IT environments once had a few databases. With the explosion of applications and data, now it’s not uncommon to have a few thousand.
This is the heart of the Postgres day-two challenge: managing massive database fleets and making them seamless for developers building apps. Postgres is shorthand for PostgreSQL, one of the most popular open-source databases.
Anybody who wants a Postgres database can create one without spending a penny. Proprietary databases can get expensive fast, so free open-source databases are a lifeline — especially for software developers. After all, pretty much every app needs a database. Microservices architectures might need hundreds of them.
It’s one thing to create an open-source database. It’s something else to configure, secure, scale and fine-tune one for availability and performance. And that’s just the day-one challenge.
On day two, organizations must dovetail each new database into the rest of their IT ecosystem. This is, to put it mildly, complicating the lives of database administrators (DBAs) and platform teams.
“The core challenge is DBAs are getting overloaded,” database expert Tobias Ternström said in a podcast interview with Computer Weekly. DBAs prefer to work with a manageable volume of the most popular database engines (Oracle, MySQL, Postgres, MongoDB, etc.). “But instead, they end up having to be spread super thin across thousands of databases, different database engines, different versions, different operating systems,” Ternström added.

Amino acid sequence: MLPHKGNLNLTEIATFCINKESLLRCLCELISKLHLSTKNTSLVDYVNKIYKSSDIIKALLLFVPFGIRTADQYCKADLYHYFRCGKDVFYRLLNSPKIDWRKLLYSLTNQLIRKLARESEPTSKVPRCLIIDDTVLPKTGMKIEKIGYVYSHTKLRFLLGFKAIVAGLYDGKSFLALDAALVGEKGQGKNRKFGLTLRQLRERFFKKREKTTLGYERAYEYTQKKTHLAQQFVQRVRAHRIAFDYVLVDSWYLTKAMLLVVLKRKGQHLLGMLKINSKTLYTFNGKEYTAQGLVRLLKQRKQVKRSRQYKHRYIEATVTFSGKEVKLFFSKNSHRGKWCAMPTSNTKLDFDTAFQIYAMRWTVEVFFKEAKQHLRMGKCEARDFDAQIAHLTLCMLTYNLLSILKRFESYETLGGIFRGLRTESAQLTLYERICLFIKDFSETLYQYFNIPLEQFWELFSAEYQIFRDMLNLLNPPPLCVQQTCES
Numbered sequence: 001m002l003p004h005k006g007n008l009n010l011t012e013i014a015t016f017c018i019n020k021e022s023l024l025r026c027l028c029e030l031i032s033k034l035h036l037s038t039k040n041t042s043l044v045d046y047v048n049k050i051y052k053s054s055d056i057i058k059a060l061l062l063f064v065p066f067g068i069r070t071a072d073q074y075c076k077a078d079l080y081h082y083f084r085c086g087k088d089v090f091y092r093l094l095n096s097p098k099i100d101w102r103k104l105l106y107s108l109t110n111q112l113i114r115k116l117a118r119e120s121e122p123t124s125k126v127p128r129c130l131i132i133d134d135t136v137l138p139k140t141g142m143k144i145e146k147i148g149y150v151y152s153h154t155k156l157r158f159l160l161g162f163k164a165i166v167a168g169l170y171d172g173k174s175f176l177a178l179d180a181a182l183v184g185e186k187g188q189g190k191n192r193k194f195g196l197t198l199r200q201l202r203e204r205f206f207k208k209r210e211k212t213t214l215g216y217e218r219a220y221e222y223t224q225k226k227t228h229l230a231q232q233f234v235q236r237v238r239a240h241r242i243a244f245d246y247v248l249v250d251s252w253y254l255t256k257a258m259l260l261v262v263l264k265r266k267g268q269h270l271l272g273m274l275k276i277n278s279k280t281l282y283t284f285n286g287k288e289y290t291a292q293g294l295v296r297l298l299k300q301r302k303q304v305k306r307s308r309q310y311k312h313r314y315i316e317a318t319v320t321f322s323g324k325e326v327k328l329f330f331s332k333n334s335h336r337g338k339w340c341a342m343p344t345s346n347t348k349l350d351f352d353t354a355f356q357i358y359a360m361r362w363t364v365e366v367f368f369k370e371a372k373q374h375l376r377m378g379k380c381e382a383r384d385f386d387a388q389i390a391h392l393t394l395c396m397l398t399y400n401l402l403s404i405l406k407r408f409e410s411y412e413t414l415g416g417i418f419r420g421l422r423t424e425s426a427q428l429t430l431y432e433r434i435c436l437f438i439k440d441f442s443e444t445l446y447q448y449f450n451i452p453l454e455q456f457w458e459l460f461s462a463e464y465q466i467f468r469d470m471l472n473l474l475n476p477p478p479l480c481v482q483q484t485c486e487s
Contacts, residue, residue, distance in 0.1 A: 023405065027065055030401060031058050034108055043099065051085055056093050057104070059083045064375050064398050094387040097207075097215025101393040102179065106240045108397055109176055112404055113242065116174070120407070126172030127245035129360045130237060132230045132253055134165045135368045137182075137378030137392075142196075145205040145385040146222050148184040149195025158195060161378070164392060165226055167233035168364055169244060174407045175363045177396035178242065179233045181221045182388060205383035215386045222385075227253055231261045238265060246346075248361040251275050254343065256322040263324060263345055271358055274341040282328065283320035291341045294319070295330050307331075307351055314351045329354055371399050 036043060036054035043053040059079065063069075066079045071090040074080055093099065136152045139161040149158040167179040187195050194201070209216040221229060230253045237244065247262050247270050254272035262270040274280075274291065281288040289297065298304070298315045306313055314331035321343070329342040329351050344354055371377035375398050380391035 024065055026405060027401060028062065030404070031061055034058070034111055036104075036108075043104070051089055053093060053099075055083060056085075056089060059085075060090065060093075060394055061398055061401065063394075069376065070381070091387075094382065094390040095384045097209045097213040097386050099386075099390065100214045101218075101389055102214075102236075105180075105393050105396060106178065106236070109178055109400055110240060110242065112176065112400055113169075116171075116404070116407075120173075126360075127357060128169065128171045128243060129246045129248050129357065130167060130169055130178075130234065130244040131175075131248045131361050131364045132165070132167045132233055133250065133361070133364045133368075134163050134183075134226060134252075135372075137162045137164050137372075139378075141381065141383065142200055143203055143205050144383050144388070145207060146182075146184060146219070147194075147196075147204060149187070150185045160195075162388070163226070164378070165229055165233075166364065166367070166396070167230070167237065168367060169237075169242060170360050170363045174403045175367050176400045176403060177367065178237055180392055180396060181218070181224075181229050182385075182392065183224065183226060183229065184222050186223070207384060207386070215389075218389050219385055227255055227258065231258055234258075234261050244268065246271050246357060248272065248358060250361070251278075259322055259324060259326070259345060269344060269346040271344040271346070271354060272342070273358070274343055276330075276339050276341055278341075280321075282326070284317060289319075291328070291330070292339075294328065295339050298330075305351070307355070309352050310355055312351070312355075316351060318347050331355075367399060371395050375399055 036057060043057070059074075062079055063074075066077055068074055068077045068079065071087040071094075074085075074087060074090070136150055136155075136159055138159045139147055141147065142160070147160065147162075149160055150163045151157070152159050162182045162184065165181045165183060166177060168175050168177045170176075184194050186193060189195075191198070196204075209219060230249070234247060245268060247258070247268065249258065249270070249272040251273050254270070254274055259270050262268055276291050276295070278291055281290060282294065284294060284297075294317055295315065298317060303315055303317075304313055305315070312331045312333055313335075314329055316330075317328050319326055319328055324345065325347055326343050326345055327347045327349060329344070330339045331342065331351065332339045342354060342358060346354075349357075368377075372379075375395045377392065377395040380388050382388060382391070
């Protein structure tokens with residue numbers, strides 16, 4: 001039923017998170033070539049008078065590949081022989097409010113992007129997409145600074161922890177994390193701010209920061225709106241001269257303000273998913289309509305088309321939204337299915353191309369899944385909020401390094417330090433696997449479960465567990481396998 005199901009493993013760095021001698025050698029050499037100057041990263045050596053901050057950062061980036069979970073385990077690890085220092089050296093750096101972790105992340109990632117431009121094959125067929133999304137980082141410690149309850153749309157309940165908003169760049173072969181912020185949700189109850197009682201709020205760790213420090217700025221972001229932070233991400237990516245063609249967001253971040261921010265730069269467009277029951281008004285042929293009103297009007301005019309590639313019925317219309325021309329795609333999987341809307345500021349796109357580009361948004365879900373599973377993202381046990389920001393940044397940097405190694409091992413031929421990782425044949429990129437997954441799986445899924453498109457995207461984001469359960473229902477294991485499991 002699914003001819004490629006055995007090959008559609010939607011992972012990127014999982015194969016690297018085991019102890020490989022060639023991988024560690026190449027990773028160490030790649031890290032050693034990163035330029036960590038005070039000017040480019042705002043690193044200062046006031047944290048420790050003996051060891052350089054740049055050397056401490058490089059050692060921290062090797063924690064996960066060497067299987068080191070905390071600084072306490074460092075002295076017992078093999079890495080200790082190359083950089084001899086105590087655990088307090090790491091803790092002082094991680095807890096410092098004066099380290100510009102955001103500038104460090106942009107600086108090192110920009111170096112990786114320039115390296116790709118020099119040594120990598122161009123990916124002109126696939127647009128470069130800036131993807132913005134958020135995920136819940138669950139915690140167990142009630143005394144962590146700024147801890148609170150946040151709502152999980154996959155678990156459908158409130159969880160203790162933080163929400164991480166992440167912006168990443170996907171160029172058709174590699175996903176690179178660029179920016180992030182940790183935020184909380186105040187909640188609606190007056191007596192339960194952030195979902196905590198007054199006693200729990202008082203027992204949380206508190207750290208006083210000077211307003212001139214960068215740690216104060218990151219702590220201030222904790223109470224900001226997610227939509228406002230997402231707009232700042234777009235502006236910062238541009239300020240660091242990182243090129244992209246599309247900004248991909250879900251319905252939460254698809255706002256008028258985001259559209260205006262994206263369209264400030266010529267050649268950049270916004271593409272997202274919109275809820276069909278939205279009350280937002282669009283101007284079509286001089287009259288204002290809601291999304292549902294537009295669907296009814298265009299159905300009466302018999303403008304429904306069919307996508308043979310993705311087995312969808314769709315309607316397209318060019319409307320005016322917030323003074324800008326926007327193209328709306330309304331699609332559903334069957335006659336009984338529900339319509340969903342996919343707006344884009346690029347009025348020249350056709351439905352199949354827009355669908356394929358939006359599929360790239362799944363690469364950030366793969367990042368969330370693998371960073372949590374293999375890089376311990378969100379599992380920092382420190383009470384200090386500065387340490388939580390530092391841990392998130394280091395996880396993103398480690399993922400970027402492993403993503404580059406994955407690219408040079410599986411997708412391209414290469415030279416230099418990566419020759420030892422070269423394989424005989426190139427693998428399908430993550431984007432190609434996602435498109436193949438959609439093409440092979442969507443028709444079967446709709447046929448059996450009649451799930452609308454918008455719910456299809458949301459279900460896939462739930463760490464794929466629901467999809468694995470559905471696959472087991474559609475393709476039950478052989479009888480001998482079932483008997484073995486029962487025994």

Ternström is vice president and general manager for databases with Nutanix, the hybrid multicloud software provider. Ternström oversees Nutanix’s database-as-a-service (DBaaS) offering, which aims to help IT teams tackle their day-two challenges. How did we get here and what will it take to improve things? Read on for a quick review of DBaaS and tips for DBAs seeking a better way to manage database ecosystems.
What Brought Us to Postgres Day One
Software developers want their databases ASAP to meet their Agile obligations. They don’t have to wait days for a database anymore. Because they can provision a Postgres database whenever they want for free, they can get in an hour or so instead the of days it might take their IT teams to provision a new one.
And every time they do this, they create a new Postgres day-two challenge for the DBAs and platform teams who support them. In software shops with dozens or hundreds of developers, Postgres day two can be a logistical quagmire.
It’s not the fault of Postgres or the global community of open-source software developers driving its utility and popularity. Postgres and its open-source brethren hold one simple advantage over their proprietary rivals: Nobody has to file a purchase order with their manager to use them. Moreover, developers don’t have to file a support ticket when building mobile apps, cloud-native software and microservices environments with Scrum and DevOps methodologies.